Contact Us Contact Us Replicon Login

Last updated on: April 27th, 2022

Labor Requirements

The Labour Law in Costa Rica is regulated mainly by the Labour Code of 1943. The Labour Code governs the terms and conditions of employment such as working hours, holidays and rest periods, wages, overtime, employment relationships. The Labor relationship is also governed by the Constitution of Costa Rica. 

Hours & Pay Regulations

Normal Working Hours

The regular weekly working hours are 48 hours exclusive of overtime and daily working hours shall not exceed 8 hours per day. Daytime work is work done between 5:00 am and 7:00 pm. A normal workweek generally consists of 6 days.


This however does not apply to certain employees in managerial roles etc, in which the daily work time can be extended up to a maximum of 12 hours a day and 72 hours per week. An employee can extend his day shift up to only 10 hours in case of jobs that are not unhealthy or dangerous, provided that the weekly work does not exceed 48 hours.


Daily working hours shall in no case exceed 12 hours including overtime unless an emergency situation exists, or when there is a danger or imminent risk to people, machinery, etc.


For a mixed shift, the daily limit is 7 hours with a weekly limit of 42 hours. The mixed shift in no case will exceed 7 hours, but it will be considered as a night shift when 3.5 hours or more are worked between 7 pm and 5 am. Art. 135 – 138 and 143 of Labour Code (amended as of 2016). 


Recording Requirement

Employers shall maintain a record of the employee’s extraordinary work in salary books or payroll separately from the books which consist of information on the ordinary work of the employees. Art. 144 of Labour Code (amended as of 2016).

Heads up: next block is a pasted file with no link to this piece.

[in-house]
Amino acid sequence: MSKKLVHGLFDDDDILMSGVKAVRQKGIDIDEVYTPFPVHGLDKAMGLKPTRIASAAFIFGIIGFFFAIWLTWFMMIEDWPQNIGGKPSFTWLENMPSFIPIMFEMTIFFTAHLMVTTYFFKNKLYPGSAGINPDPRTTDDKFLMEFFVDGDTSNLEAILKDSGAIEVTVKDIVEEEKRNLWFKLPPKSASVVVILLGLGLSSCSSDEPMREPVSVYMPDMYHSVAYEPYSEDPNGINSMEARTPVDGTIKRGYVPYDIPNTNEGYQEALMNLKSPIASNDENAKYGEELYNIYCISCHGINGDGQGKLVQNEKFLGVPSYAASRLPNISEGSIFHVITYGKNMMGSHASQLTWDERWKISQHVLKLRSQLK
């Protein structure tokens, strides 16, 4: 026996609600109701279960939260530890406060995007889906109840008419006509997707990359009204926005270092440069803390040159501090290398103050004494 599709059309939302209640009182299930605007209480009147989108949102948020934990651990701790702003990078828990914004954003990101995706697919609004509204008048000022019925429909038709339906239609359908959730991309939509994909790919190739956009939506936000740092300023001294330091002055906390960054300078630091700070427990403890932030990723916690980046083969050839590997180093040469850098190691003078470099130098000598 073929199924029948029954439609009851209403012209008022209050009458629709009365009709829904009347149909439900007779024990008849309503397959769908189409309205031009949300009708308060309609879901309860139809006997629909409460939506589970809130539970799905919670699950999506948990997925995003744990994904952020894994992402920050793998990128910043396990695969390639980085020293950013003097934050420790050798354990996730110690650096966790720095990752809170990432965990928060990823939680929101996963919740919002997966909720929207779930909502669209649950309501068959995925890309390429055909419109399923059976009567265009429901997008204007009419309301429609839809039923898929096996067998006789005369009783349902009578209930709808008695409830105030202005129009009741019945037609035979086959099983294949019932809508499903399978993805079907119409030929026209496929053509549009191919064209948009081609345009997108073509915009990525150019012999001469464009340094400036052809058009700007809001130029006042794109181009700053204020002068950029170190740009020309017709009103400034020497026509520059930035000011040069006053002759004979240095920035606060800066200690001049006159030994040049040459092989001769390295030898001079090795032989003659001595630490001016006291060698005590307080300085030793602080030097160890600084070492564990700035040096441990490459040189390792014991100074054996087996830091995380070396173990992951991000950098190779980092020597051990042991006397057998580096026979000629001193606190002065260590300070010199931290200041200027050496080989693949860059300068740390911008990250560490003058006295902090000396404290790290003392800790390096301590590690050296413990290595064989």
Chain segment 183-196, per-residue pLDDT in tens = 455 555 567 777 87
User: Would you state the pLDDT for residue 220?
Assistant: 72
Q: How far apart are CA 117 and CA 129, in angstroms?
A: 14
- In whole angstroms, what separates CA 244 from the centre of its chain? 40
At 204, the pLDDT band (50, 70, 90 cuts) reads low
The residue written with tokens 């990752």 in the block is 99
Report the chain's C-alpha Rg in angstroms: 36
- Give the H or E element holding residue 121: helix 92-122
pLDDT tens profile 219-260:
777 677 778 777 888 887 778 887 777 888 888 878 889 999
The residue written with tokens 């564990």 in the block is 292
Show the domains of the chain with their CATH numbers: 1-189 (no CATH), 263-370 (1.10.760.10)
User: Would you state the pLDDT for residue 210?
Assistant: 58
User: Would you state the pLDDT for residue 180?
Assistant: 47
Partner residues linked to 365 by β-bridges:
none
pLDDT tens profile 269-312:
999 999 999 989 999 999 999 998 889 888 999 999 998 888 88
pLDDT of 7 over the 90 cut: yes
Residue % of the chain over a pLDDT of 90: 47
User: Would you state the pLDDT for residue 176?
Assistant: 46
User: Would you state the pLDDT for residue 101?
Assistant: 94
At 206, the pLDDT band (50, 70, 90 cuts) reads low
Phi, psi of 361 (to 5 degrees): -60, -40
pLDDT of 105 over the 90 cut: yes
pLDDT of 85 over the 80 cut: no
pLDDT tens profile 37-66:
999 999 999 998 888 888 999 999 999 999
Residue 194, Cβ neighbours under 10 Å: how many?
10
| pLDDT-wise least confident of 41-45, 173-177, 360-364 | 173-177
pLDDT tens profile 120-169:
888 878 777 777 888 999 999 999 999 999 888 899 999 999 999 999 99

Any work performed exceeding the working time limits as having been agreed between is known as overtime. Employees are not allowed to work for more than 12 hours a day including overtime. Overtime is not allowed in jobs that are unhealthy or dangerous.


Pay – If an employee works beyond the working hours, i.e. 8 hours a day and 48 hours a week, he/she is entitled to overtime pay of 50% over and above the rate of his ordinary pay (150% of the normal wage rate for overtime hours). Art. 139 – 141 of Labour Code (amended as of 2016). 

Night Work

Night work is defined as work between 7 p.m. and 5 a.m. It may not exceed 36 hours per week or 6 hours per day. The mixed shift in no case will exceed 7 hours, but it will be considered as a night shift when 3.5 hours or more are worked between 7 pm and 5 am. Art. 135 of Labour Code (amended as of 2016).


An employee is entitled to break for a minimum duration of 30 minutes, provided that it shall be continuous in which case, the duration of break shall be considered as working time. Employees occupying managerial posts are entitled to a minimum rest of 1.5 hours in a day. Art. 137 and 143 of Labour Code (amended as of 2016). 


Weekly Rest

An employee is entitled to 24 consecutive hours of rest after 6 days of work. Generally, work is not allowed on the weekly rest day, except where the nature of the work does not involve heavy, unhealthy, or dangerous tasks, or an agreement exists between the employee and the employer for work to be performed on the rest days.


Exceptions to Weekly Offs

Employers cannot make employees work on weekly holidays except for the instances within the framework of the legal stipulations such as restaurants, establishments selling items of general utility like vegetables, milk, work necessary or urgent for the establishment to function, etc. Art. 152 of Labour Code (amended as of 2016). 

Work On Rest Days

An employee who works on a rest day is entitled to double the regular rate of pay.


In cases where the requirement justifies the need to work on a weekly rest day and the employee does not agree to work on his rest day, the employer may request the government authority permission to provide such employees with accumulated compensatory rest as a form of remuneration. Such an accumulated compensatory rest day shall not be less than 3 days for each case of work on a rest day. It is up to the discretion of the ministry to grant or deny such authorization. Art. 152 of Labour Code (amended as of 2016).